Law ministry lifts time limit for child abuse victims to file case
The Union ministry of law and justice Tuesday ratified a proposal by the women and child development (WCD) ministry to scrap the age limit for reporting cases of child sexual abuse, WCD minister Maneka Gandhi said.
WCD ministry had recently consulted the ministry of law in view of the overriding provisions of the Protection of Children from Sexual Offences (POCSO) Act over other criminal laws and provisions of mandatory reporting of such offences.
“The law ministry has ratified our proposal for removing the age limit, they have just sent the letter today,” Gandhi said.
Under Section 468 of the Code of Criminal Procedure (CrPC ), for any offence, including child abuse, the stipulated time limit for reporting an offence that is punishable by a fine is six months. “Often, children are unable to report such crimes as the perpetrator in most cases is either a family member, a relative or closely known person. Studies have also shown that the child continues to carry the trauma of sexual abuse till very late in life.In order to overcome this trauma, many grown-up people have started coming out to report the abuse faced by them as children,” the ministry noted in a statement.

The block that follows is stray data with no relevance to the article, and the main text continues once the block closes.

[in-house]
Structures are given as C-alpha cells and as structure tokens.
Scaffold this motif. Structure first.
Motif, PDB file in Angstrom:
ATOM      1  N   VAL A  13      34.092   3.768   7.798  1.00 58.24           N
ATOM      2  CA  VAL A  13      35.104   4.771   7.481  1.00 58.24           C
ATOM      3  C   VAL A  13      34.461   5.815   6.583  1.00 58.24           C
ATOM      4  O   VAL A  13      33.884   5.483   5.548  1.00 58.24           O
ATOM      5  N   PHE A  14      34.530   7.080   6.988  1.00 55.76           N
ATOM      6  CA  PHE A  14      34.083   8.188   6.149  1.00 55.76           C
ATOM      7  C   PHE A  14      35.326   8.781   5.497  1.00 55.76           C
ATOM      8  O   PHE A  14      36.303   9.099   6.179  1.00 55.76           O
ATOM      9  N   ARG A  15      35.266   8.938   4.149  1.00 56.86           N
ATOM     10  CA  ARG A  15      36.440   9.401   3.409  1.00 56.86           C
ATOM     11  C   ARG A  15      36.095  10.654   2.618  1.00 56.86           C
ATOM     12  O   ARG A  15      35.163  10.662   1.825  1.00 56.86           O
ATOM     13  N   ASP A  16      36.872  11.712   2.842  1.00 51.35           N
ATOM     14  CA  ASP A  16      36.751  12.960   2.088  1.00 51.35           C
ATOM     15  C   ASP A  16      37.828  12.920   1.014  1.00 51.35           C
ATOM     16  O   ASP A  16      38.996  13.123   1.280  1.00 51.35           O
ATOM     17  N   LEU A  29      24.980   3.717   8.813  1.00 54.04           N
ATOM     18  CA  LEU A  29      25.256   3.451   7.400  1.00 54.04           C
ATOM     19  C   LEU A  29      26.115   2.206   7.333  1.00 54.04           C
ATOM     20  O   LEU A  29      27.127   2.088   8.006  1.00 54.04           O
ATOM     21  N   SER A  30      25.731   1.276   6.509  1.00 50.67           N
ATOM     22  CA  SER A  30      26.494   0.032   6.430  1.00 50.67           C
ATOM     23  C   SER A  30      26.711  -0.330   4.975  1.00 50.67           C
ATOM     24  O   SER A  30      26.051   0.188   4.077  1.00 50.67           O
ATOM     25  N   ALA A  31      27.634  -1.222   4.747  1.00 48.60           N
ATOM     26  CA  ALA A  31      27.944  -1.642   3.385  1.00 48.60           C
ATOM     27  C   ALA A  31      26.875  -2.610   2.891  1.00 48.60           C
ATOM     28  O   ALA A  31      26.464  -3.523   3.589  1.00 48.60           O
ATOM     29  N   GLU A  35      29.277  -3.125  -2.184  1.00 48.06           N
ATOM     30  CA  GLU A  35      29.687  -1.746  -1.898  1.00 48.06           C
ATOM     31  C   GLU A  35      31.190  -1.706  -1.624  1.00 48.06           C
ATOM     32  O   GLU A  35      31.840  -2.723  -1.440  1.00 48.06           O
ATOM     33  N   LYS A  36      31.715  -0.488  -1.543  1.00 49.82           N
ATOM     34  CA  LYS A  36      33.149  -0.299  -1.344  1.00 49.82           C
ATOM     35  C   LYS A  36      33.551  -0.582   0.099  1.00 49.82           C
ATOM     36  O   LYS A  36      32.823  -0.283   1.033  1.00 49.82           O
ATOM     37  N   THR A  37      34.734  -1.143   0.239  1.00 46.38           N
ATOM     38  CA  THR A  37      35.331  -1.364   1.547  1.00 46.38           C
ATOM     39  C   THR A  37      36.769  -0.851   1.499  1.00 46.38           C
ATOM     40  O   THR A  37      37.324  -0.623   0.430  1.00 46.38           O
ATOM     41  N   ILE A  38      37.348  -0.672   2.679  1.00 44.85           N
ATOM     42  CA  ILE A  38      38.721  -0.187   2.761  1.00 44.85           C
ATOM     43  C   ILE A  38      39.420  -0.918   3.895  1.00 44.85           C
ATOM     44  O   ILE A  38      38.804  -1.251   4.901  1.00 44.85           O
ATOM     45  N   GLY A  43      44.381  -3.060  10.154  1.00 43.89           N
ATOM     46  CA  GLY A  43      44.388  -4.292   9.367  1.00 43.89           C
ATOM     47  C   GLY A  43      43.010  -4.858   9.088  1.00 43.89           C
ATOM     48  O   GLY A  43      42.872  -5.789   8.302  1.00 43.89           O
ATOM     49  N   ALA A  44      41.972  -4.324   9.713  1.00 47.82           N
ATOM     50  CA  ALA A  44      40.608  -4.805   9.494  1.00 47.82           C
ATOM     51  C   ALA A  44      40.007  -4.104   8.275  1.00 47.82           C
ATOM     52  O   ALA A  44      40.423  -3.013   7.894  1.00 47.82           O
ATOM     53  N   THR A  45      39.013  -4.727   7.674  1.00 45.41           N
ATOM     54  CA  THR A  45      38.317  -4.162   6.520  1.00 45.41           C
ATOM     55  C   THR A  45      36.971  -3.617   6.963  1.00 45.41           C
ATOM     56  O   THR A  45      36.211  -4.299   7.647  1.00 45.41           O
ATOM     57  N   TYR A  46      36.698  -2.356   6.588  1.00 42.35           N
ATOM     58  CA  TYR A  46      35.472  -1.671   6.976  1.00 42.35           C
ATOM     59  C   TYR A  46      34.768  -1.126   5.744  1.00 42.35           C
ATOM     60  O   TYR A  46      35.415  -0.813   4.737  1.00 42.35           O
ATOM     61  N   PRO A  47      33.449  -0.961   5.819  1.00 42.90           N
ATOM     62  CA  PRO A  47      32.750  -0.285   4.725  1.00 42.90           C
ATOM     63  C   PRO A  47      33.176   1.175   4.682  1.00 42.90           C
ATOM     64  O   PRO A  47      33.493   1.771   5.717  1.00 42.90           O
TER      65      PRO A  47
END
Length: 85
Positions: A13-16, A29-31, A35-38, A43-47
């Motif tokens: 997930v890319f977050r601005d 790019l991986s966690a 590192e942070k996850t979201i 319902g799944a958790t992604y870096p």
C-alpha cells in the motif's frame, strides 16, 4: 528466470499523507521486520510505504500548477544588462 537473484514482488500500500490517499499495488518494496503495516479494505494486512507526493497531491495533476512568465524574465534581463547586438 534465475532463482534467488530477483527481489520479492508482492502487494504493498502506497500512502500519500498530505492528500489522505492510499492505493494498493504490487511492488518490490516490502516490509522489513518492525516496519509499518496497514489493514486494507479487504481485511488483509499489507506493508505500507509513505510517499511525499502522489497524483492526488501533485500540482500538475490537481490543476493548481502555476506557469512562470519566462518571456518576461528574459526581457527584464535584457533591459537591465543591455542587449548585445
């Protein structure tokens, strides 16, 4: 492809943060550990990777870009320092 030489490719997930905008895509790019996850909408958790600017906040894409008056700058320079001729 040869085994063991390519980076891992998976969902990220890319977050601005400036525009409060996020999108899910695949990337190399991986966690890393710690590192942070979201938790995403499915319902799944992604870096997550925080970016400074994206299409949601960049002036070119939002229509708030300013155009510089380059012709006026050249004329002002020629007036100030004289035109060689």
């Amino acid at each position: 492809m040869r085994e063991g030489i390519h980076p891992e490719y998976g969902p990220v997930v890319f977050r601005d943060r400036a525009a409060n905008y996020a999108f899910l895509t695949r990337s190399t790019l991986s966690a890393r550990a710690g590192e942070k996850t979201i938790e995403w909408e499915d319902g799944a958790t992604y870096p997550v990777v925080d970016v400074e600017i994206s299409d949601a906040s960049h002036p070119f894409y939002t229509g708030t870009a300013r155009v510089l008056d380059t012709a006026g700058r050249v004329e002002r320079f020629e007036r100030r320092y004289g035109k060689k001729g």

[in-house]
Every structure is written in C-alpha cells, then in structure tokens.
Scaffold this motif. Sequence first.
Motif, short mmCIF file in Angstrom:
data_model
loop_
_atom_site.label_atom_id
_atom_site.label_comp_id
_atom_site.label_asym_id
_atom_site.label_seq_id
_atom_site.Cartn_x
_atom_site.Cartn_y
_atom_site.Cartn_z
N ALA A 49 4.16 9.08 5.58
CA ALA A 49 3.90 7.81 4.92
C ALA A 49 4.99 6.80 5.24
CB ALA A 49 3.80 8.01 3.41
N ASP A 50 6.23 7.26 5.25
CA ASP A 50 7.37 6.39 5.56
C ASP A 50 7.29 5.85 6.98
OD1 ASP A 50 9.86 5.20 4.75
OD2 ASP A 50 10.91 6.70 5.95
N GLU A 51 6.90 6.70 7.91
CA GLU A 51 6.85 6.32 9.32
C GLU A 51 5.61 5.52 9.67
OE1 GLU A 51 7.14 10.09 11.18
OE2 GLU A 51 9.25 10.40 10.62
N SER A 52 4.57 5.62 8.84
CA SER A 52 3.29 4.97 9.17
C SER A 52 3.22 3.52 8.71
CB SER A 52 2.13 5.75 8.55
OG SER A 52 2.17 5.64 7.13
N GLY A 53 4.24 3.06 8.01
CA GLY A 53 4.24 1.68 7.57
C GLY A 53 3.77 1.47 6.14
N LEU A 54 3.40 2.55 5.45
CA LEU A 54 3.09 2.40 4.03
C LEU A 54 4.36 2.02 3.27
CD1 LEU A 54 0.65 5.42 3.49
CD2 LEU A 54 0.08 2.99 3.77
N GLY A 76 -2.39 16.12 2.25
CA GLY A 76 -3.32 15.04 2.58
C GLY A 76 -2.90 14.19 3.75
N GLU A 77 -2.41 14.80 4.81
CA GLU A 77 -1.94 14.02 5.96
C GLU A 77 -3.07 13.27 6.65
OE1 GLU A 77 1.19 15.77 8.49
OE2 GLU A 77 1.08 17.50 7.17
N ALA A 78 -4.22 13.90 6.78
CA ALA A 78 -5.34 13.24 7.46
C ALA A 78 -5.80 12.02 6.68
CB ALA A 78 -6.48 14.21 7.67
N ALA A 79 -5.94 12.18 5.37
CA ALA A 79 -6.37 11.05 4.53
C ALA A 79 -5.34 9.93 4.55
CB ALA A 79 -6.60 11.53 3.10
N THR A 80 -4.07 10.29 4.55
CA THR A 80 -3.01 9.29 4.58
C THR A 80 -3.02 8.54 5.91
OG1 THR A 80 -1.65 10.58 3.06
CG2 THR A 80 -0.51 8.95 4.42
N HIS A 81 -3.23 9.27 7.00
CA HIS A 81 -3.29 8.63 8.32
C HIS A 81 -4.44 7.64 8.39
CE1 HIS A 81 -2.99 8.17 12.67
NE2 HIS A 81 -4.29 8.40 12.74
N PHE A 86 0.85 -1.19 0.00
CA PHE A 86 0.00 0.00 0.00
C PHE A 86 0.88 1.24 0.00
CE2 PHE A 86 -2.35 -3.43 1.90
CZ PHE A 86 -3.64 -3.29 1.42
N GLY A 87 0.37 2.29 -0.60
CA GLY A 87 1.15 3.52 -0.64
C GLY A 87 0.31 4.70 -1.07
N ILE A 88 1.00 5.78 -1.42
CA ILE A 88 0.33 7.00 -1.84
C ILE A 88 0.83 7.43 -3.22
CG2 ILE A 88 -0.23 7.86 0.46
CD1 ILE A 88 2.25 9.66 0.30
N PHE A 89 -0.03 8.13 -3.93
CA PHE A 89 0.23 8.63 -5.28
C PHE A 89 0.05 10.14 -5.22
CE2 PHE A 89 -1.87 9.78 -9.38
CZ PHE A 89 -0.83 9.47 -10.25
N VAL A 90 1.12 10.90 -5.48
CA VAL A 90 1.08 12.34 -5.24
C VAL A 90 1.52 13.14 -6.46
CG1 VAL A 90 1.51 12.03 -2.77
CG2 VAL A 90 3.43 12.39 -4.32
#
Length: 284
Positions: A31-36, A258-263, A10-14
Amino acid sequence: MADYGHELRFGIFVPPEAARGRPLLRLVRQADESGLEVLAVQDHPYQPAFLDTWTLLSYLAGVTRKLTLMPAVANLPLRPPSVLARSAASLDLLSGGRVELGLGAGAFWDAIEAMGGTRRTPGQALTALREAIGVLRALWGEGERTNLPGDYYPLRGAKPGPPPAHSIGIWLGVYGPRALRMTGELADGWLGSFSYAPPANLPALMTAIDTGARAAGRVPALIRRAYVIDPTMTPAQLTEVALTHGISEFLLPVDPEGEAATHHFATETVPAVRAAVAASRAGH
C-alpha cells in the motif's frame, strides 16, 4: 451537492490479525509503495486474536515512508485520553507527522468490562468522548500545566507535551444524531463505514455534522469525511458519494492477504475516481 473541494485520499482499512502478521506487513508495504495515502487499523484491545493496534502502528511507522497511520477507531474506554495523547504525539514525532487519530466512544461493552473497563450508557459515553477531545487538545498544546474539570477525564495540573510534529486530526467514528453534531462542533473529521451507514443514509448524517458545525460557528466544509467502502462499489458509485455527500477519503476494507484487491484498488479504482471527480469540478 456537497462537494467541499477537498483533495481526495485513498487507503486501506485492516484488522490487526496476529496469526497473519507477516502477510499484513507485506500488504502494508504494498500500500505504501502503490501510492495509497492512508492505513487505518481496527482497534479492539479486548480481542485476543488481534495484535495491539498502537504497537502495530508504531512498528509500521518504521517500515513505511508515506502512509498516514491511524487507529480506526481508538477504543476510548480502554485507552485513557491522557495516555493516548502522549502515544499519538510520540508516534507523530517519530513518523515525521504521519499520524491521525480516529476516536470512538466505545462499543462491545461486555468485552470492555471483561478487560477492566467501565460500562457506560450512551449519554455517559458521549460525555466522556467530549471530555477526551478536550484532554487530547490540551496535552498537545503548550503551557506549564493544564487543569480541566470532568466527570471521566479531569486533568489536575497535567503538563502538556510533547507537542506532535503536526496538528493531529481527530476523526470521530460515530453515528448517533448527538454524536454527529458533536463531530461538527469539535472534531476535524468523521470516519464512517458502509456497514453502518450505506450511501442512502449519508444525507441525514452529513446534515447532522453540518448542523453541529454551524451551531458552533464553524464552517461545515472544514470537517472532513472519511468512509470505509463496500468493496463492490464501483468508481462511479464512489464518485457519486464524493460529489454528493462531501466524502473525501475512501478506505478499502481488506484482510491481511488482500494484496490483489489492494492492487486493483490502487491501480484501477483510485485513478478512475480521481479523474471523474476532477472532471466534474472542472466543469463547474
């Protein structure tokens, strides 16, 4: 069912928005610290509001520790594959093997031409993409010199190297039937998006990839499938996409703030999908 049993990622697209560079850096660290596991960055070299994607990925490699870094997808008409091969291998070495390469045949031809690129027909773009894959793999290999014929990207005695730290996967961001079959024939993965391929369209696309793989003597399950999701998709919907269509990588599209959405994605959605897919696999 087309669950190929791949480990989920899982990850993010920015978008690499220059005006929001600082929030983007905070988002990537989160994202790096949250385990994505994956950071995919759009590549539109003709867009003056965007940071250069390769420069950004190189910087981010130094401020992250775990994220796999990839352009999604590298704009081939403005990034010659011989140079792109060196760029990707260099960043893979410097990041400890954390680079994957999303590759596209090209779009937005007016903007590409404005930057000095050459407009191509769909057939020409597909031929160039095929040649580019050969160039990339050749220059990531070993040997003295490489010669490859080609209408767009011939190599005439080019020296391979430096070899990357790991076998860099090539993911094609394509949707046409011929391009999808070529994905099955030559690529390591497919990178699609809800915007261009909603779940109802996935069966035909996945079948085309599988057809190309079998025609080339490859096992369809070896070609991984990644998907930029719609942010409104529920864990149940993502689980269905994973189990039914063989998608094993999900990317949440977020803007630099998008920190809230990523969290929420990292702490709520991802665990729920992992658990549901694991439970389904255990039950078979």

As per 473 of the CrPC, the court may consider an older case only if it is in the “interest of justice” or when the “delay” in seeking redressal “has been properly explained.”
“The ministry of law after examining the provisions of POCSO Act vis-à-vis provisions of CrPC has advised that there appears no period of limitation mentioned in Section 19 in regard to reporting of the offences under the POCSO Act, 2012,” the ministry said.
Gandhi had written to law minister Ravi Shankar Prasad last week seeking to remove any age limit for reporting child sexual abuse, allowing people to complain about what has happened to them even “10-15 years later”.
“In reporting the cases of child sexual abuse you can now report it any time even after a gap of 10 years or more,” a senior official at the ministry said on condition of anonymity.
The change was much needed, said senior advocate Indira Jasing. “What has been achieved for minors must now be done for adult women too,” she added.
To deal with child sexual abuse cases, the Government brought in POCSO Act, 2012. The Act had come into force with effect from 14 November, 2012.
The Act defines a child as any person below 18 years of age, and defines different forms of sexual abuse, including penetrative and non-penetrative assault, as well as sexual harassment and pornography, and deems a sexual assault to be “aggravated” under certain circumstances, such as when the abused child is mentally ill or when the abuse is committed by a person in a position of trust or authority vis-à-vis the child, like a family member, police officer, teacher, or doctor.
The ministry added that the POCSO Act does not provide for any period of limitation for reporting the child sexual offences.
“Now any victim, at any age, can complain the sexual abuse faced by him/her as a child,” Gandhi added.